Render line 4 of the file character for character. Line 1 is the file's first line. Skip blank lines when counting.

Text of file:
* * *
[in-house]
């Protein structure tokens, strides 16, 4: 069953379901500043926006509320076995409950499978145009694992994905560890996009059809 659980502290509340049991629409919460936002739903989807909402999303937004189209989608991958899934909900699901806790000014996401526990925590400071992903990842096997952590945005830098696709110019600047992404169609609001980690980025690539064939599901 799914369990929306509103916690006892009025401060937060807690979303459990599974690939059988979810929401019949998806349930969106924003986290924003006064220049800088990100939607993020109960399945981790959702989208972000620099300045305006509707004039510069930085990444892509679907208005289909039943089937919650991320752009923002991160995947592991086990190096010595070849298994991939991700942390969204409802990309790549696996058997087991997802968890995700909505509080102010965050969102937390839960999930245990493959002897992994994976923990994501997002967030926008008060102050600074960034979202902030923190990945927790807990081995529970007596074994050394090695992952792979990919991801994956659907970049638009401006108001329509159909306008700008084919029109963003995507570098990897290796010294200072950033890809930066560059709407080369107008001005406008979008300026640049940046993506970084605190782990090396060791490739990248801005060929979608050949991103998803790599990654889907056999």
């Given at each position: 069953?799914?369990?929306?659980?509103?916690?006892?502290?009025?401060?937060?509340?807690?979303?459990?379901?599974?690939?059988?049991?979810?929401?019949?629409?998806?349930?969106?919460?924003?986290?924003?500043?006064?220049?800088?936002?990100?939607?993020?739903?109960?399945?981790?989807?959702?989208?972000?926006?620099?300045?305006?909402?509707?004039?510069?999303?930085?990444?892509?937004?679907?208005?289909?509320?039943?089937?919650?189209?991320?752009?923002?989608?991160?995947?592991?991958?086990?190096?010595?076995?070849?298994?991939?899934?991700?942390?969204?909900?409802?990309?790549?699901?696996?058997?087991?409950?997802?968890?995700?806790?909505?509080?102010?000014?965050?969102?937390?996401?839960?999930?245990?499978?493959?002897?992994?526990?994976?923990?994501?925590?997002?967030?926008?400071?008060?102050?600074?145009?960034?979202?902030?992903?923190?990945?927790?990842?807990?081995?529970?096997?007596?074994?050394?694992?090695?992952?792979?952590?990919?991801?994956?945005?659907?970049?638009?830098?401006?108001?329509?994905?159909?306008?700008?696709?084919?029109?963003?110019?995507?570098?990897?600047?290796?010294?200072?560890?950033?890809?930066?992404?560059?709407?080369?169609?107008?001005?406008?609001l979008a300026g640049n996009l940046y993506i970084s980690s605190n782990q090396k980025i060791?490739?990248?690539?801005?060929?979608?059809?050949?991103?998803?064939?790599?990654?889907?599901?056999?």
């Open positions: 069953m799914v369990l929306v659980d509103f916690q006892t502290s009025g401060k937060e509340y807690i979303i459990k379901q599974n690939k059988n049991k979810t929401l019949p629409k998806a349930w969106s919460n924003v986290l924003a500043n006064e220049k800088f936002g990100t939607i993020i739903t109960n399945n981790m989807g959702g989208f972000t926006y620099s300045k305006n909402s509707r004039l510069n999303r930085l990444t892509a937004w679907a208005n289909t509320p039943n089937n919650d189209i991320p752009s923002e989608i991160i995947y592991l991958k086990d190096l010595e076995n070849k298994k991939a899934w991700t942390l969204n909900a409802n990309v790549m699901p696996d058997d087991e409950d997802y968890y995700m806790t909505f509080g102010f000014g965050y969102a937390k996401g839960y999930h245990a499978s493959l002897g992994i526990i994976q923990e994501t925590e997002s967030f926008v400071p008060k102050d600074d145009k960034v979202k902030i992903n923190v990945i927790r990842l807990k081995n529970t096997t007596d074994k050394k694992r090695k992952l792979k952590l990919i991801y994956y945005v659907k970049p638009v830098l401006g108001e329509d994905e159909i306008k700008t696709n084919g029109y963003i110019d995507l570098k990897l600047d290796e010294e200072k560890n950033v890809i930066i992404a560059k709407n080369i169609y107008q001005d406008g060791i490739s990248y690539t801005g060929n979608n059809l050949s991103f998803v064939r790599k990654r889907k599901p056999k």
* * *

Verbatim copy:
């Open positions: 069953m799914v369990l929306v659980d509103f916690q006892t502290s009025g401060k937060e509340y807690i979303i459990k379901q599974n690939k059988n049991k979810t929401l019949p629409k998806a349930w969106s919460n924003v986290l924003a500043n006064e220049k800088f936002g990100t939607i993020i739903t109960n399945n981790m989807g959702g989208f972000t926006y620099s300045k305006n909402s509707r004039l510069n999303r930085l990444t892509a937004w679907a208005n289909t509320p039943n089937n919650d189209i991320p752009s923002e989608i991160i995947y592991l991958k086990d190096l010595e076995n070849k298994k991939a899934w991700t942390l969204n909900a409802n990309v790549m699901p696996d058997d087991e409950d997802y968890y995700m806790t909505f509080g102010f000014g965050y969102a937390k996401g839960y999930h245990a499978s493959l002897g992994i526990i994976q923990e994501t925590e997002s967030f926008v400071p008060k102050d600074d145009k960034v979202k902030i992903n923190v990945i927790r990842l807990k081995n529970t096997t007596d074994k050394k694992r090695k992952l792979k952590l990919i991801y994956y945005v659907k970049p638009v830098l401006g108001e329509d994905e159909i306008k700008t696709n084919g029109y963003i110019d995507l570098k990897l600047d290796e010294e200072k560890n950033v890809i930066i992404a560059k709407n080369i169609y107008q001005d406008g060791i490739s990248y690539t801005g060929n979608n059809l050949s991103f998803v064939r790599k990654r889907k599901p056999k």